Gas Prices, Gender, Mass Shootings, and Compassion
In the very first issue of this newsletter, I suggested becoming friends with compassion. Best friends. I cited the Age of Compassion as one of the monikers of the new consciousness we are cultivating and you know that be compassionate is one of the concepts that makes up our conscious politics lens. Thus, it is oft-repeated in these pages that there is simply no way for us, ever, to create a society that works for everyone if we do not significantly increase our willingness to be compassionate. So let’s practice our willingness to be compassionate with a few issues du jour because, conscious politics.
Gas prices and compassion? You betcha. We belong to the planet, not the planet to us, yes? That means we’re made of the same stuff even though Earth is an actual planet and we are but a species that inhabits it. Essentially, the planet doesn’t need us to survive any more than the mother of a newborn baby needs her baby in order to survive (physically anyway). The baby, however, surely needs its mother and, with few exceptions, doesn’t attempt to kill or otherwise harm her. We call this living, breathing planet Mother Earth, the giver and sustainer of life and we need a vibrant, thriving, healthy planet in order for our human bodies to be vibrantly healthy and thriving. Our relationship is symbiotic but we’ve corrupted it. Of course, Native American and indigenous cultures worldwide know we cannot have a vibrant, thriving, healthy planet without treating it with compassion, without listening to it, without refusing to do unto it what we would not do unto ourselves. Politically, we Americans have been talking about caring for the planet in earnest since at least 1970 when that radical treehugger liberal president, Richard Nixon, created the Environmental Protection Agency. And yet.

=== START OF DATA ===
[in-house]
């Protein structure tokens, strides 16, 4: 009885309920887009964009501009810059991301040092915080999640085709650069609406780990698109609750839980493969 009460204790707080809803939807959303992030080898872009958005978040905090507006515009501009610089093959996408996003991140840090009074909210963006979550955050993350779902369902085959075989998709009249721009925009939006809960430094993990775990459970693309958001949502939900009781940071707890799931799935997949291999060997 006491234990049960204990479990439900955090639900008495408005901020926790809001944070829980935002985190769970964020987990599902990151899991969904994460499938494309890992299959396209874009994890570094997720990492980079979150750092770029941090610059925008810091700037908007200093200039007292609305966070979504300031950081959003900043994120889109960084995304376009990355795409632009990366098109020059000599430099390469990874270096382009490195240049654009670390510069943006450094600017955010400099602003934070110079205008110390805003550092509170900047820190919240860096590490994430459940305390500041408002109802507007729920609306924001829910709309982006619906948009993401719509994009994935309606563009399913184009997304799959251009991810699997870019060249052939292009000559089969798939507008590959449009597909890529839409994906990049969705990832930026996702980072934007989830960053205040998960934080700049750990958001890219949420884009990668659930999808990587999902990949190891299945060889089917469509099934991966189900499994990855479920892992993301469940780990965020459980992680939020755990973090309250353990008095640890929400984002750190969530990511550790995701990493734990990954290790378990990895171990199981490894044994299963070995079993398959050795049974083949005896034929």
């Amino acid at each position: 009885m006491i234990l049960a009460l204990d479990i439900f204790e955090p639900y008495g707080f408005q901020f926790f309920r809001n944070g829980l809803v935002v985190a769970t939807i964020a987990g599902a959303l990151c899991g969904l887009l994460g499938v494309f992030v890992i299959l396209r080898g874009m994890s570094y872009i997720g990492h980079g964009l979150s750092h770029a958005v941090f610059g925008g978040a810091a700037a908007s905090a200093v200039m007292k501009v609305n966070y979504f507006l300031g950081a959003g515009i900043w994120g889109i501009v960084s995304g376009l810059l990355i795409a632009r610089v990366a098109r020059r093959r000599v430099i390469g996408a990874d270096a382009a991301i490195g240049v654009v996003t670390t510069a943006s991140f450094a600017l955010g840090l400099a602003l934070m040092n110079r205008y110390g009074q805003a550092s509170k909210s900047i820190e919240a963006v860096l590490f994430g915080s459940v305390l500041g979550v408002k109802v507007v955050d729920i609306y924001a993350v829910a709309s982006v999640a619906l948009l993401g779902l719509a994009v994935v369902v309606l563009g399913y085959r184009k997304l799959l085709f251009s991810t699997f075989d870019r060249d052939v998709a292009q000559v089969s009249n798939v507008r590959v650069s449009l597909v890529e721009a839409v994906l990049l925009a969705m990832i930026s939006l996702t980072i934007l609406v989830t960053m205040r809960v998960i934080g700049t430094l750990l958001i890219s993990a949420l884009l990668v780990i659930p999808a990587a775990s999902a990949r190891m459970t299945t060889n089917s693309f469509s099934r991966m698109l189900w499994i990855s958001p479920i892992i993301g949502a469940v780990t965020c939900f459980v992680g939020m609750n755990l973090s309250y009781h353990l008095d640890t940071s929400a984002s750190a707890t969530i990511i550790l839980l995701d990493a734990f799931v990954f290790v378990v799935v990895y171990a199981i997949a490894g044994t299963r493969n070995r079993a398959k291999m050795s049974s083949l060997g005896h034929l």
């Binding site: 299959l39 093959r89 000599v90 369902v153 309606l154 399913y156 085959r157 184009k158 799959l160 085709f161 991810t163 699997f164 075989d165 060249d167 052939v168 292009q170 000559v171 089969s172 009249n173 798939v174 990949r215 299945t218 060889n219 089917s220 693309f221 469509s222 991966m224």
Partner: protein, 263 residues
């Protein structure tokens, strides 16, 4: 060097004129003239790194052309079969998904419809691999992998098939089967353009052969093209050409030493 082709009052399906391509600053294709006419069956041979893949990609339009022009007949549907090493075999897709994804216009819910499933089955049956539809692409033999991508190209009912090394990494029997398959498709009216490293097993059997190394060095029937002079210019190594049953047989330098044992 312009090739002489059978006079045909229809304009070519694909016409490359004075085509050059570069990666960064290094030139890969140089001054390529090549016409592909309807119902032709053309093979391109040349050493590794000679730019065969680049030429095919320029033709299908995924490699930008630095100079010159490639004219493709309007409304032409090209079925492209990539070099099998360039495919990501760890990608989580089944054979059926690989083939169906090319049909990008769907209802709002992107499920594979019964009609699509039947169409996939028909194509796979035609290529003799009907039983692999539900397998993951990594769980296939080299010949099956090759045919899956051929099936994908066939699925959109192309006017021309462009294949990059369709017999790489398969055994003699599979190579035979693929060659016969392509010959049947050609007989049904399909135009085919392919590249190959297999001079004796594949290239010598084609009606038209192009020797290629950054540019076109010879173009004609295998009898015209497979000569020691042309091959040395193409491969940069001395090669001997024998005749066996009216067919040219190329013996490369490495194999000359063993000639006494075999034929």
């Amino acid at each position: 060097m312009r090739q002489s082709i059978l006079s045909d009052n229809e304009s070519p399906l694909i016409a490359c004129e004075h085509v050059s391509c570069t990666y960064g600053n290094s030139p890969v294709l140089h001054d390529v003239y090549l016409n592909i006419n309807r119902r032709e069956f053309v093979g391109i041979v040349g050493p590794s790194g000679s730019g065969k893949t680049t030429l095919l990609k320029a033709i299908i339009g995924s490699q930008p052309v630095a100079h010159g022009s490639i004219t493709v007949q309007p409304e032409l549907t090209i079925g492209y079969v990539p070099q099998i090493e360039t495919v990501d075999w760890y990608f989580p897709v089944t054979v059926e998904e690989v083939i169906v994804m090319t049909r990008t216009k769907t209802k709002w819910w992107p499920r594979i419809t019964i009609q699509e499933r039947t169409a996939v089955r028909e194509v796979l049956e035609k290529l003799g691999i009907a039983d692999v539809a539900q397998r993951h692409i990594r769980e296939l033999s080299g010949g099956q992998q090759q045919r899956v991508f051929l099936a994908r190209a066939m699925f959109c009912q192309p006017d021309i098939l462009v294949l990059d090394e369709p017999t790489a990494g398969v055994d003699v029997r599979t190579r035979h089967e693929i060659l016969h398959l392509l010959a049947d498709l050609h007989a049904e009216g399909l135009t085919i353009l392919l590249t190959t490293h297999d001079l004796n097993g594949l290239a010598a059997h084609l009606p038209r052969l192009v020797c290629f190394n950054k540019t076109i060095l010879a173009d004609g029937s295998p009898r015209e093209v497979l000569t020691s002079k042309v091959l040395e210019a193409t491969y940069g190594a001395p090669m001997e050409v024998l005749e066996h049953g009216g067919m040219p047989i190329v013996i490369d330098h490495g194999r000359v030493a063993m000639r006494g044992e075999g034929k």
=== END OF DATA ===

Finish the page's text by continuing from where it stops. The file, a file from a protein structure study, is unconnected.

We flood the zeitgeist with rhetorical flotsam and jetsam in a desperate attempt, it seems, to make the problem anything but our unwillingness to be compassionate toward Mother Earth, the planet to which we belong.